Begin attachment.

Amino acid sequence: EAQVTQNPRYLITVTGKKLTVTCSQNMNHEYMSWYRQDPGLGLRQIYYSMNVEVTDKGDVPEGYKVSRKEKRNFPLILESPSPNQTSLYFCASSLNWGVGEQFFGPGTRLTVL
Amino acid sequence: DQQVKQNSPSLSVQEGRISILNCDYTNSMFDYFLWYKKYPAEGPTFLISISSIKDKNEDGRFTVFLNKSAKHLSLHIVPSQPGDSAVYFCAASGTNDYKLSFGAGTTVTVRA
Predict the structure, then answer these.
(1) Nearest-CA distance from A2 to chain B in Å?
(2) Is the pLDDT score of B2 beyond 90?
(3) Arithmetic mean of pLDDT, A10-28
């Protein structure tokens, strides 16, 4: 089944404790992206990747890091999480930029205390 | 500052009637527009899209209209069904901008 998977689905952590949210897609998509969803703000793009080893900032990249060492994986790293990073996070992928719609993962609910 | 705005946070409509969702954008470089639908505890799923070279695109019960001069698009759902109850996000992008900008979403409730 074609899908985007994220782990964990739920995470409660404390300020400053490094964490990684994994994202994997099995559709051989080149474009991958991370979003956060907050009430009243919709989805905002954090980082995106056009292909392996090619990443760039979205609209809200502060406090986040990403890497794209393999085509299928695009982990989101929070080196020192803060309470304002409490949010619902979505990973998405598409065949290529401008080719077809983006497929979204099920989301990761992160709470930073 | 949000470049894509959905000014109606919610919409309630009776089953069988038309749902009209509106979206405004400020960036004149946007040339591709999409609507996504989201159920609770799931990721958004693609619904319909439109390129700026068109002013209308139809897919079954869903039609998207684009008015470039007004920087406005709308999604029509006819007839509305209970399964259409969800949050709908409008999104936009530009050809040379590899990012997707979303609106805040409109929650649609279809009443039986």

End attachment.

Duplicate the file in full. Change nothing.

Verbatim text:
Amino acid sequence: EAQVTQNPRYLITVTGKKLTVTCSQNMNHEYMSWYRQDPGLGLRQIYYSMNVEVTDKGDVPEGYKVSRKEKRNFPLILESPSPNQTSLYFCASSLNWGVGEQFFGPGTRLTVL
Amino acid sequence: DQQVKQNSPSLSVQEGRISILNCDYTNSMFDYFLWYKKYPAEGPTFLISISSIKDKNEDGRFTVFLNKSAKHLSLHIVPSQPGDSAVYFCAASGTNDYKLSFGAGTTVTVRA
Predict the structure, then answer these.
(1) Nearest-CA distance from A2 to chain B in Å?
(2) Is the pLDDT score of B2 beyond 90?
(3) Arithmetic mean of pLDDT, A10-28
């Protein structure tokens, strides 16, 4: 089944404790992206990747890091999480930029205390 | 500052009637527009899209209209069904901008 998977689905952590949210897609998509969803703000793009080893900032990249060492994986790293990073996070992928719609993962609910 | 705005946070409509969702954008470089639908505890799923070279695109019960001069698009759902109850996000992008900008979403409730 074609899908985007994220782990964990739920995470409660404390300020400053490094964490990684994994994202994997099995559709051989080149474009991958991370979003956060907050009430009243919709989805905002954090980082995106056009292909392996090619990443760039979205609209809200502060406090986040990403890497794209393999085509299928695009982990989101929070080196020192803060309470304002409490949010619902979505990973998405598409065949290529401008080719077809983006497929979204099920989301990761992160709470930073 | 949000470049894509959905000014109606919610919409309630009776089953069988038309749902009209509106979206405004400020960036004149946007040339591709999409609507996504989201159920609770799931990721958004693609619904319909439109390129700026068109002013209308139809897919079954869903039609998207684009008015470039007004920087406005709308999604029509006819007839509305209970399964259409969800949050709908409008999104936009530009050809040379590899990012997707979303609106805040409109929650649609279809009443039986």